Lee’s Summit North has famous assistant coach in Tyreek Hill
This offseason a phone call from agent Drew Rosenhaus to Lee’s Summit North football coach Jamar Mozee led to the addition of a new football coach.
One of Rosenhaus’ clients had interest in coaching at the high school level and Mozee was more than open to the addition of Tyreek Hill.
Yes, the same one that dons No. 10 for the Chiefs and is best known for his catch on the play call “WASP” during the 31-20 Super Bowl win over the San Francisco 49ers in February.
When Mozee gathered his assistant football coaches in meetings earlier this summer, Hill was seated along with other coaches and taking notes and listening to Mozee speak.
“Tyreek wants to coach when he is done and his agent got in contact with me,” Mozee said. “It’s not a PR stunt. This something he wants to do. He wanted to work here and I don’t know why. He wanted to come and learn and I’m glad he showed up.”
Hill is one of four new coaches on the staff, joining Shannon Moore, Cole Reeves and DeRon Washington, the younger brother of former Missouri running back Derrick Washington.
Hill built a rapport with not only the other assistant coaches, but with the players quickly, Mozee said. Mozee has a “no autographs, no photographs and no racing” policy with his players in regards to Hill.
The Chiefs’ standout wide receiver isn’t keen on publicizing his coaching gig, but he did do an interview with one local television station. The Examiner was unable to talk to Hill for this story.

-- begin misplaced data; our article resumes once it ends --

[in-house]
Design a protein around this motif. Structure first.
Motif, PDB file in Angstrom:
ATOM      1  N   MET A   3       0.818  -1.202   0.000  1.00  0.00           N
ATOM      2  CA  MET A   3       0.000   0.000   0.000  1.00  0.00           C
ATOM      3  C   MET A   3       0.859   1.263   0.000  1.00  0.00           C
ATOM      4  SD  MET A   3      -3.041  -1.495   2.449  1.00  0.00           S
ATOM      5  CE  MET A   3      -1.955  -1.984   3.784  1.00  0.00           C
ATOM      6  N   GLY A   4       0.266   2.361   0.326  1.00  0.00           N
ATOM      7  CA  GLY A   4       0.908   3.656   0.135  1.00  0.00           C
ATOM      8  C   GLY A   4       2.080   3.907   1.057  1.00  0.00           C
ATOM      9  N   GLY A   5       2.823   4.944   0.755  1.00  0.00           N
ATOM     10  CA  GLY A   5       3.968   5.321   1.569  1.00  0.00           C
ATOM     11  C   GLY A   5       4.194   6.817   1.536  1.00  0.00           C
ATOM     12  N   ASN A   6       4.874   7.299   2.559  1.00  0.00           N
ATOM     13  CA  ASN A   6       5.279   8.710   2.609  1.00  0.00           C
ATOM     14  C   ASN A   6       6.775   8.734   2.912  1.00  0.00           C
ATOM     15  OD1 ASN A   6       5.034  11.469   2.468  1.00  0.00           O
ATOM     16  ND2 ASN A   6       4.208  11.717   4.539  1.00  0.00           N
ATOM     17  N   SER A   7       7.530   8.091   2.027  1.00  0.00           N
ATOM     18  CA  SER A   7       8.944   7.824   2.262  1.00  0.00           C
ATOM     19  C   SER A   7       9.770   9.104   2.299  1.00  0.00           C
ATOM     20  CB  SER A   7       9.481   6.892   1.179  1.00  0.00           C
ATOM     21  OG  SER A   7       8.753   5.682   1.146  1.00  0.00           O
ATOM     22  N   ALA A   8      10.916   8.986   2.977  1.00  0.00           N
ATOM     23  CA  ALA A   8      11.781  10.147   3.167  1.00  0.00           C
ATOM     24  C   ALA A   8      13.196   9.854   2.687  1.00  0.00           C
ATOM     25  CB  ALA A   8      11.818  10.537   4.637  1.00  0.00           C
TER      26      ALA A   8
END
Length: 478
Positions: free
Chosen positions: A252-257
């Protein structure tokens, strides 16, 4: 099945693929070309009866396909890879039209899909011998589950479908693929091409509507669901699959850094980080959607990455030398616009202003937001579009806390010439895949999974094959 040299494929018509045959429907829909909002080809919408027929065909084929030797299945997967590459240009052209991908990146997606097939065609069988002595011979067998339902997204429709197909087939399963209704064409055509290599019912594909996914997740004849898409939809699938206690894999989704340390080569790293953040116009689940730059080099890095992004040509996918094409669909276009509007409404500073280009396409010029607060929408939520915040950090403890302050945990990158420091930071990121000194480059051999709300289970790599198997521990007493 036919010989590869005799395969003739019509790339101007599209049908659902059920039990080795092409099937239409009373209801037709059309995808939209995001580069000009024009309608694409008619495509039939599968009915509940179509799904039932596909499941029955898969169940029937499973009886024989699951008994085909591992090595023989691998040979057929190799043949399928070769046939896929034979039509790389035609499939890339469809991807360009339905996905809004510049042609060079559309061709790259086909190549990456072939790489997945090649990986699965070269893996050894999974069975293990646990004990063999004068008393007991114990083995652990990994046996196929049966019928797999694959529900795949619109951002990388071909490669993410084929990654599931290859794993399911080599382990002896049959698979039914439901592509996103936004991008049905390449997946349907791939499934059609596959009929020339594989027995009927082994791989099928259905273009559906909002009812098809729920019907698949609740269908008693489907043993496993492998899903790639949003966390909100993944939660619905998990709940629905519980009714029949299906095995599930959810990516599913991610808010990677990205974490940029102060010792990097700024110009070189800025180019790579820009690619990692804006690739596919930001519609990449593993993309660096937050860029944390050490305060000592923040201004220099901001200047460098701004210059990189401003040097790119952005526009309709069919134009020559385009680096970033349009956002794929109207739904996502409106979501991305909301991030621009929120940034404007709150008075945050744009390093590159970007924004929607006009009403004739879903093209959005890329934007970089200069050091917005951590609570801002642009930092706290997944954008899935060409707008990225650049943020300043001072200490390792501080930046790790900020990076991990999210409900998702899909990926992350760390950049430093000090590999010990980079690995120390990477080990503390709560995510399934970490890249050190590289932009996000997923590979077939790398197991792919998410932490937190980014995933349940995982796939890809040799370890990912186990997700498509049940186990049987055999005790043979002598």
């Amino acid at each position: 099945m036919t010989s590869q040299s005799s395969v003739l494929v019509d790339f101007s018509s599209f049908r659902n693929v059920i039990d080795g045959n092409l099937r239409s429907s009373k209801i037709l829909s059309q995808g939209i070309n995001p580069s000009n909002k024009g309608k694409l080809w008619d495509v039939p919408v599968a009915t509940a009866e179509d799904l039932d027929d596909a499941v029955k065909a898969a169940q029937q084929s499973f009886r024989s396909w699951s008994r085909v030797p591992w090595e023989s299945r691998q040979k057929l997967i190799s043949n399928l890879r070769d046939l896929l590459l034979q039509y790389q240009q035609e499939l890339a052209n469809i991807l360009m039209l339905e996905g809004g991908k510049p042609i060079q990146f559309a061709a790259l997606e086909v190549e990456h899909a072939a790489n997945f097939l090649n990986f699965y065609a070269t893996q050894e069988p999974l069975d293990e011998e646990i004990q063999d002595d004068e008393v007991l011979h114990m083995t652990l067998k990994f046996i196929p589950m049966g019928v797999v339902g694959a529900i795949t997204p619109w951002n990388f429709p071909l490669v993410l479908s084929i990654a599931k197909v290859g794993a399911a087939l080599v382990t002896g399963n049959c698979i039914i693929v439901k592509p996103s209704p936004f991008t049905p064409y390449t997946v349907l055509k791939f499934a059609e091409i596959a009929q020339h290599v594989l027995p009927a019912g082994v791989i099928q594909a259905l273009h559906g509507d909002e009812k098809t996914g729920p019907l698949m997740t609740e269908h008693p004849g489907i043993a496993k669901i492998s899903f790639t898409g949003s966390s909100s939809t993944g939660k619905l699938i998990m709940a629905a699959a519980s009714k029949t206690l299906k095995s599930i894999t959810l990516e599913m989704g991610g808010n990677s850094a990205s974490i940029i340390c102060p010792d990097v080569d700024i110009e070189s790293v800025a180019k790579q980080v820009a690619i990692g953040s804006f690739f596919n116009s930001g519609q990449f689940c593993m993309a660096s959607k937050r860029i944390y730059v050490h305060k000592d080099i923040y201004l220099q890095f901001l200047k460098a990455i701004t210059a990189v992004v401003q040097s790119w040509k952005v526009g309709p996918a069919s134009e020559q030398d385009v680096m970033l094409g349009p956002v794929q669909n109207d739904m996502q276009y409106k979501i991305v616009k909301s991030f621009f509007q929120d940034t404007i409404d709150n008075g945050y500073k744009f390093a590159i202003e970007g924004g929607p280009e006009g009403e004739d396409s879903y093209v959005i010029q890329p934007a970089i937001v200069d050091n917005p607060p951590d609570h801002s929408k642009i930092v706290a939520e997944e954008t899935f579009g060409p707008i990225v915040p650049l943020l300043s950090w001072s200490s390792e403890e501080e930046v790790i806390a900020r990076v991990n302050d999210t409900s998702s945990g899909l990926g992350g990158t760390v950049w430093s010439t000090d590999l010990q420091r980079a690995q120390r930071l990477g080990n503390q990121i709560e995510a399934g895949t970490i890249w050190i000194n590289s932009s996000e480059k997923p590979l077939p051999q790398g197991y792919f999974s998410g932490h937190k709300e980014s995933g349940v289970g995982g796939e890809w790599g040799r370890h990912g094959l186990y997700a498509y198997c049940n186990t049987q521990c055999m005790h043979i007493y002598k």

Hill is one of two wide receiver coaches for the Broncos. The other is Jermaine Saffold, who played in the NFL with the Cleveland Browns after signing as an undrafted free agent from Missouri State.
Hill joined the team during summer conditioning and will be with the Broncos during practices on Mondays and Tuesdays, before returning for Friday night games.
Logan Muckey, the Broncos’ top receiver last year, learned of Hill’s addition to the staff from his mom, who is a part of the booster club. He didn’t believe her at first, passing it off as a joke.
He quickly learned in workout in June she was telling the truth. Hill was there, donning a maroon Broncos shirt running drills.
“I thought, ‘Oh my God, this is real,’ he is actually here and will be my coach,” Muckey said. “I think it will always be mind blowing. He is Tyreek Hill and he is my coach. It is crazy. He was winning a Super Bowl in February and now he is at Lee’s Summit North running summer conditioning.”
The players didn’t have much time to sit in awe of Hill, who quickly worked with Saffold at putting the Broncos through drills.
Hill does a good job of relating to the receivers, Muckey said. When there is a play that is similar to what Andy Reid has installed for the Chiefs, Hill will tell the players the name he is used to hearing that play called.
Hill is a hands-on coach and breaks down the drills, showing players how to release coverage from a defensive back and gain separation.
“He tells you what will work and you will listen to him because you see where it got him and he knows what he is talking about,” Muckey said. “He takes what he does in games and shows us how to incorporate it into our game plan. He is really good with every player. He is just a really good coach that I will learn a lot from. He is great at bringing his style of game into ours and is good at talking with players. It is great learning from someone like him and having the inside scoop on what he does in the NFL. I looked up to him and he is my favorite NFL player before this. … It is insane. Unreal. I’m extremely blessed he is my position coach.”